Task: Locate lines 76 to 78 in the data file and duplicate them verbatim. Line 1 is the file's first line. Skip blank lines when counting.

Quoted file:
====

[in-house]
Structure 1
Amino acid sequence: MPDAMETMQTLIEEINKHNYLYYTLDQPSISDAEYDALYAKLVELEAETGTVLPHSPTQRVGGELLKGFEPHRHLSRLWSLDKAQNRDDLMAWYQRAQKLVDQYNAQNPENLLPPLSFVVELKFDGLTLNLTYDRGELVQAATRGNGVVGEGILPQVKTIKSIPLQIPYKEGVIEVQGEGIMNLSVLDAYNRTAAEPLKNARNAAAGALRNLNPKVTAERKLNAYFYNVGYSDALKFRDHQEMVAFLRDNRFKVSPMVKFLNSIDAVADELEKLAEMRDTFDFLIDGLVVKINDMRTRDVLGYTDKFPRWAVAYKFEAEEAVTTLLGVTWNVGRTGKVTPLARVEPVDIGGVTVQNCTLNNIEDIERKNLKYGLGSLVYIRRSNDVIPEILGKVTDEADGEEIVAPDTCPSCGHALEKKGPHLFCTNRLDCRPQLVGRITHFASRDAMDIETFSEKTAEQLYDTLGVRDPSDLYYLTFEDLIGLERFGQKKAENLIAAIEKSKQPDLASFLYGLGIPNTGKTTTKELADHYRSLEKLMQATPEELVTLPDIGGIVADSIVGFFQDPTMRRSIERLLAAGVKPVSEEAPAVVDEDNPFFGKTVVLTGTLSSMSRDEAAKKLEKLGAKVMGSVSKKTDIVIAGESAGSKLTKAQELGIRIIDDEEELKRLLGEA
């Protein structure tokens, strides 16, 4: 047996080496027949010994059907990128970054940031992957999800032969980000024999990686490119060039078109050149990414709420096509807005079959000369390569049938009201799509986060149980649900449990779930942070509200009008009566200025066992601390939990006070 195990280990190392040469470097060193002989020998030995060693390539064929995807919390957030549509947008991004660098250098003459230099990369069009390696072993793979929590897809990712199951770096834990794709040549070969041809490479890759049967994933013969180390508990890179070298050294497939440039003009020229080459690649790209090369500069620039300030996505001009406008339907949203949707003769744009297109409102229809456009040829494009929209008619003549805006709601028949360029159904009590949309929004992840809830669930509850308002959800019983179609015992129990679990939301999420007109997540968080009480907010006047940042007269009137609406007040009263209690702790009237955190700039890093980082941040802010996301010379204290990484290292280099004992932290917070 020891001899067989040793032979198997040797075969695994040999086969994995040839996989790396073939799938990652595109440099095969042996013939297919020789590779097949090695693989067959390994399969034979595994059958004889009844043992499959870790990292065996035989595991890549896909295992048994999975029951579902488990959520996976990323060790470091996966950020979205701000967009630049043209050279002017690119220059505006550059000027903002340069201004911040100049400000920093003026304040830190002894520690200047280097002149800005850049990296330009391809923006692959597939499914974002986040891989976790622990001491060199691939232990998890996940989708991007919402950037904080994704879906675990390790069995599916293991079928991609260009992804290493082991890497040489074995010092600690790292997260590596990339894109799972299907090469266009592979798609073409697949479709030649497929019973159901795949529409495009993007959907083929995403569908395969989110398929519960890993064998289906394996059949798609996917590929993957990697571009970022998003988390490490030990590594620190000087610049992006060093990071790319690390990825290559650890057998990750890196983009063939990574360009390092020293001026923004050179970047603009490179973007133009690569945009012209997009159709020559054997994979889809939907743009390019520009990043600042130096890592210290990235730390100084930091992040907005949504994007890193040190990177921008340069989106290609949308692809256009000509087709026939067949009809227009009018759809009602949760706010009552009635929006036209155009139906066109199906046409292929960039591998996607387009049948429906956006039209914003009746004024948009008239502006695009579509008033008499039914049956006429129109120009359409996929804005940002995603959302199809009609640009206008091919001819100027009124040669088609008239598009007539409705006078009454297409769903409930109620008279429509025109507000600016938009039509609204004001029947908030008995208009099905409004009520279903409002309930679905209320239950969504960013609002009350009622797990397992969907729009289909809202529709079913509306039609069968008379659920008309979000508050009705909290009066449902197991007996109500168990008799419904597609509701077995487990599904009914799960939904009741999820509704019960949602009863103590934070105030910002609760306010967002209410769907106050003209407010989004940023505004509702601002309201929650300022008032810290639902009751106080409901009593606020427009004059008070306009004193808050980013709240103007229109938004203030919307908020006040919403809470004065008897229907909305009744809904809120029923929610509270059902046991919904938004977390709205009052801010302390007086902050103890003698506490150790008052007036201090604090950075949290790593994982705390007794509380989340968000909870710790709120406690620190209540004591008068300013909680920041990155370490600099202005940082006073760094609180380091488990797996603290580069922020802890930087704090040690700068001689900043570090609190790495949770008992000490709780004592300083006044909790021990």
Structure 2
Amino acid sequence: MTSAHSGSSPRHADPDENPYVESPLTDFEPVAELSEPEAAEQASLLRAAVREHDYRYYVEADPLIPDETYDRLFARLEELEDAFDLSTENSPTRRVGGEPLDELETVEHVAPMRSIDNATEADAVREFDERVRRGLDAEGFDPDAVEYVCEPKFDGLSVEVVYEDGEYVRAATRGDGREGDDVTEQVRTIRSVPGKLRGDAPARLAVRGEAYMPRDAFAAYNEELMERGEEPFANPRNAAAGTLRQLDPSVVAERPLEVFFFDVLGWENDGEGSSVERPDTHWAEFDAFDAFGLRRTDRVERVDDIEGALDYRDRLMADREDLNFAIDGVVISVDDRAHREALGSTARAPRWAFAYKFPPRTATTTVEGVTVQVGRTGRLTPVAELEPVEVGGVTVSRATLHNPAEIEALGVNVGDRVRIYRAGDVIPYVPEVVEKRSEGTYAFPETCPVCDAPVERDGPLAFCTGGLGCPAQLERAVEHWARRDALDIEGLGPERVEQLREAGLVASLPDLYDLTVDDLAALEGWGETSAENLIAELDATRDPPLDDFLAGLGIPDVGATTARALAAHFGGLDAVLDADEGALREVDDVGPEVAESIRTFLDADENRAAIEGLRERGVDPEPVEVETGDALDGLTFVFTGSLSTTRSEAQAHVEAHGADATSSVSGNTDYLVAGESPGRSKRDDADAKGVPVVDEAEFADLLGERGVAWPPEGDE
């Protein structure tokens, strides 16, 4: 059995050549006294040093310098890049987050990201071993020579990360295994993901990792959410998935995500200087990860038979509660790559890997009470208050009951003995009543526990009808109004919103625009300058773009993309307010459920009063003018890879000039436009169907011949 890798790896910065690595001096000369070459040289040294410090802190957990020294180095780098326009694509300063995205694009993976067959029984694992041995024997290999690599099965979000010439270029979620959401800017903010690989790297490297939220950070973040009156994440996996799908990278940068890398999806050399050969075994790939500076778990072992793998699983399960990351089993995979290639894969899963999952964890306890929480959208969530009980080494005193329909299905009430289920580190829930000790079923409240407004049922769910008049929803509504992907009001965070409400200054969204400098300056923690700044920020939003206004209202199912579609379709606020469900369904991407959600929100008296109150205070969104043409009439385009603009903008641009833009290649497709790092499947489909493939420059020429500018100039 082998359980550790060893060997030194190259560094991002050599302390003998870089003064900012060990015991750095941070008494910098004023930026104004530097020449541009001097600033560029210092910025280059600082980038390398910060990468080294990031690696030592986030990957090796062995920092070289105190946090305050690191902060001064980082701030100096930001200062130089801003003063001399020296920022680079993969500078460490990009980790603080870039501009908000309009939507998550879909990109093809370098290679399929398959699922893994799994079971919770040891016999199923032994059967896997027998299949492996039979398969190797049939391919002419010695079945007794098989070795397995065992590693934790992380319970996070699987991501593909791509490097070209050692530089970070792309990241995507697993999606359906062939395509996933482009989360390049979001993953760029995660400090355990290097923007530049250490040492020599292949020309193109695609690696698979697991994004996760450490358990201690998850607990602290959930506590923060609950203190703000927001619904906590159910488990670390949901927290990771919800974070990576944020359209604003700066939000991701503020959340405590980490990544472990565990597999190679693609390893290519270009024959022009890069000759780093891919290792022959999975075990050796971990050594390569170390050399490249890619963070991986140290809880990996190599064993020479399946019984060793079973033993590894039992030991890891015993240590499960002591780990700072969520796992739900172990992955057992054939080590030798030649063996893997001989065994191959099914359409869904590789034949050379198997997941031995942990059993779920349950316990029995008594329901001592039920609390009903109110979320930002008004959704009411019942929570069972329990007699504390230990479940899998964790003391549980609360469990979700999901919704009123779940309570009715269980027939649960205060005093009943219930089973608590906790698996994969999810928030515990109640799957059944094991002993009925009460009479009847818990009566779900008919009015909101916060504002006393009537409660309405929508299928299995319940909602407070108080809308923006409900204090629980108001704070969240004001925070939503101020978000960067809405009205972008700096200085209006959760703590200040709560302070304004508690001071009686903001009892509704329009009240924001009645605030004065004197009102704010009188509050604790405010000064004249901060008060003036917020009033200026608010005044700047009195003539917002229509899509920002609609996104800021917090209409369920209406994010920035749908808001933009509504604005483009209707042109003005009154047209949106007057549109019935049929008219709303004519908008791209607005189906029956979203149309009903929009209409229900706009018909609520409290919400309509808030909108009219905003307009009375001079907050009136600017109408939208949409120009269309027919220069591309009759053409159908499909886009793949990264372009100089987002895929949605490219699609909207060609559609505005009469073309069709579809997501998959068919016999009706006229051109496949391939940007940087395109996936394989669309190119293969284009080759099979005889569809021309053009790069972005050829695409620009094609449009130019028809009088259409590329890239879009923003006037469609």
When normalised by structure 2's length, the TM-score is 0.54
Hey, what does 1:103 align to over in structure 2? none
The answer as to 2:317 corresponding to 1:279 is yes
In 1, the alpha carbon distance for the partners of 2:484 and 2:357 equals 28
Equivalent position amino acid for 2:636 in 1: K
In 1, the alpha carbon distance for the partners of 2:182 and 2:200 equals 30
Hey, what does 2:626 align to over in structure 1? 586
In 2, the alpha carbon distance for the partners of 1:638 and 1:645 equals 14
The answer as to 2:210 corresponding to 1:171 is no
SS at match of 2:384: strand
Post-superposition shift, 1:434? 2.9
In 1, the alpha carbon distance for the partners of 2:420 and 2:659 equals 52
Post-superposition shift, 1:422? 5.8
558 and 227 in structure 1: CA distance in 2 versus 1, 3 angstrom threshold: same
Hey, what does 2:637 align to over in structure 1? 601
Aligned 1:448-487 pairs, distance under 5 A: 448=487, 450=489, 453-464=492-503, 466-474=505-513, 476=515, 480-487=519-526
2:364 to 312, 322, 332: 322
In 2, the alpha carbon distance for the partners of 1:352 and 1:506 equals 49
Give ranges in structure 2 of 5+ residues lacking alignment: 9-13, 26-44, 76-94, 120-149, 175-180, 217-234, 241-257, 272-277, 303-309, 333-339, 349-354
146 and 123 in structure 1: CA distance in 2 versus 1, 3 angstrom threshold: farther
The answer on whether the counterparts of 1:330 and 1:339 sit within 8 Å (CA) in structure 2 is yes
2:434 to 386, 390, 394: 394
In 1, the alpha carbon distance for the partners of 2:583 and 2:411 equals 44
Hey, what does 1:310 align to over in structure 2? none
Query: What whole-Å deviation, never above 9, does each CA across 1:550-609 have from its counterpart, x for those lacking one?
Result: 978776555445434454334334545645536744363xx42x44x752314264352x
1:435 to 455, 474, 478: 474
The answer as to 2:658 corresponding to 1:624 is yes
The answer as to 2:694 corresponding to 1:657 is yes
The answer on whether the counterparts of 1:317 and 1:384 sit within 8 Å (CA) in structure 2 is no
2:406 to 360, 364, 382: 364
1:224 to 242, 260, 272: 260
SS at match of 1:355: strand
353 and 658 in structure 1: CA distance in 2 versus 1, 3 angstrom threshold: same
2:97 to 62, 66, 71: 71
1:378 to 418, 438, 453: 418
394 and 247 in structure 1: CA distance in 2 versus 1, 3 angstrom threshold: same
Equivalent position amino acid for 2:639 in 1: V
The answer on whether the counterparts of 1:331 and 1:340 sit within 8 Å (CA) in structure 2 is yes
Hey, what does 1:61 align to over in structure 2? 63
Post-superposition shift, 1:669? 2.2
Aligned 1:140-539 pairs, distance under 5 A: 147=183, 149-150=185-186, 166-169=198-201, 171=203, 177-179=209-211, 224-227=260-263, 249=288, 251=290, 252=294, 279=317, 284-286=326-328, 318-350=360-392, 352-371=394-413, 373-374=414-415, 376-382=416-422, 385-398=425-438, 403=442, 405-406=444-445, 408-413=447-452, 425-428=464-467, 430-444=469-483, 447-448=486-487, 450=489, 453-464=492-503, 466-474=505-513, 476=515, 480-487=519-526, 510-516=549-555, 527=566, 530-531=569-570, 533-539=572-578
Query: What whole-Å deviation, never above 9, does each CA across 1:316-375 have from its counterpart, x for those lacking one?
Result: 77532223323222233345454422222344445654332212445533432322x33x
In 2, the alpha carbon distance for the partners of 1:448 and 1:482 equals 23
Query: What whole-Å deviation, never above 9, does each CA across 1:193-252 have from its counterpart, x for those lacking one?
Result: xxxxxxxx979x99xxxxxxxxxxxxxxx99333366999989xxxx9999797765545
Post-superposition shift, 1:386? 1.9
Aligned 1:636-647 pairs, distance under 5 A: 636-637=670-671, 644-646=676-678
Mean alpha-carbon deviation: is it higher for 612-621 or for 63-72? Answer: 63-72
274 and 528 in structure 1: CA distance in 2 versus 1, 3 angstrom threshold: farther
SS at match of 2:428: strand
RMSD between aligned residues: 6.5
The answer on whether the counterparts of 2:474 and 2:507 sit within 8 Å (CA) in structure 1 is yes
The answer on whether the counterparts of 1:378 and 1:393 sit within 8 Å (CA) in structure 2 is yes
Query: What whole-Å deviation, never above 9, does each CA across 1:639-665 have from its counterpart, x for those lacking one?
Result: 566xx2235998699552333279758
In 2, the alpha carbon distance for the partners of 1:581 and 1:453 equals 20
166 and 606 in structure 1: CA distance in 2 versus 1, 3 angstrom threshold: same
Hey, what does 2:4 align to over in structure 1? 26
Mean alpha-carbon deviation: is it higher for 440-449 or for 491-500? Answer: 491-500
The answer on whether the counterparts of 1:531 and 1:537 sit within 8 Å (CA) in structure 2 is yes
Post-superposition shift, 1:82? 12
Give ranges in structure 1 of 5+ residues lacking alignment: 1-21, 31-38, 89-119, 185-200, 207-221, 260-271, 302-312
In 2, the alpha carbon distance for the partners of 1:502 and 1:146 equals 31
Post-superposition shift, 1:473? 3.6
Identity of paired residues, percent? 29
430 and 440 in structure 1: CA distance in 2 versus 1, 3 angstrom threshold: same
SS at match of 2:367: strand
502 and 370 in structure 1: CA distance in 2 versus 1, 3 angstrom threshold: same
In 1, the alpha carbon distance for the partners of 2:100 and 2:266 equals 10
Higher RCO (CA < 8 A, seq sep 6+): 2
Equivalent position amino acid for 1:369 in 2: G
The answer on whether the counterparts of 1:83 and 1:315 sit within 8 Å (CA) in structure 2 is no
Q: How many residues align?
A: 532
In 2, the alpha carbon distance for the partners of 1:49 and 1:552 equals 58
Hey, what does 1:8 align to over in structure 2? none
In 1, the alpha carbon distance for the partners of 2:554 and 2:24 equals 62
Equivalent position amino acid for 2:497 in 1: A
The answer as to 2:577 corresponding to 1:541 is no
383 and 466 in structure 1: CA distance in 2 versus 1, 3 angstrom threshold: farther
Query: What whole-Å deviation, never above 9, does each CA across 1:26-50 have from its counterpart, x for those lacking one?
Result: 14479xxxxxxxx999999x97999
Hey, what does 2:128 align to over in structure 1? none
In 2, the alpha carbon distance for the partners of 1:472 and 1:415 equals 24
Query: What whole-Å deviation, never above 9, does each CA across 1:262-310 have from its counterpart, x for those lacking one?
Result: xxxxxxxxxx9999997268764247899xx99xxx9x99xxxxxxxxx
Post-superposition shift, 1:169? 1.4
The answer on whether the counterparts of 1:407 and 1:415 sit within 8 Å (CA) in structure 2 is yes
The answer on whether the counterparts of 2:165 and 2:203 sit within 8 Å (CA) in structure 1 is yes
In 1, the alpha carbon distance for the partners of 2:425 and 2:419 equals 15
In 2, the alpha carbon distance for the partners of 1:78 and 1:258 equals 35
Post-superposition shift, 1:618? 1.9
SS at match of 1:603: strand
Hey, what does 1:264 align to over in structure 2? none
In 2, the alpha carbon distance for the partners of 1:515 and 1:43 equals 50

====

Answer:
SS at match of 2:367: strand
502 and 370 in structure 1: CA distance in 2 versus 1, 3 angstrom threshold: same
In 1, the alpha carbon distance for the partners of 2:100 and 2:266 equals 10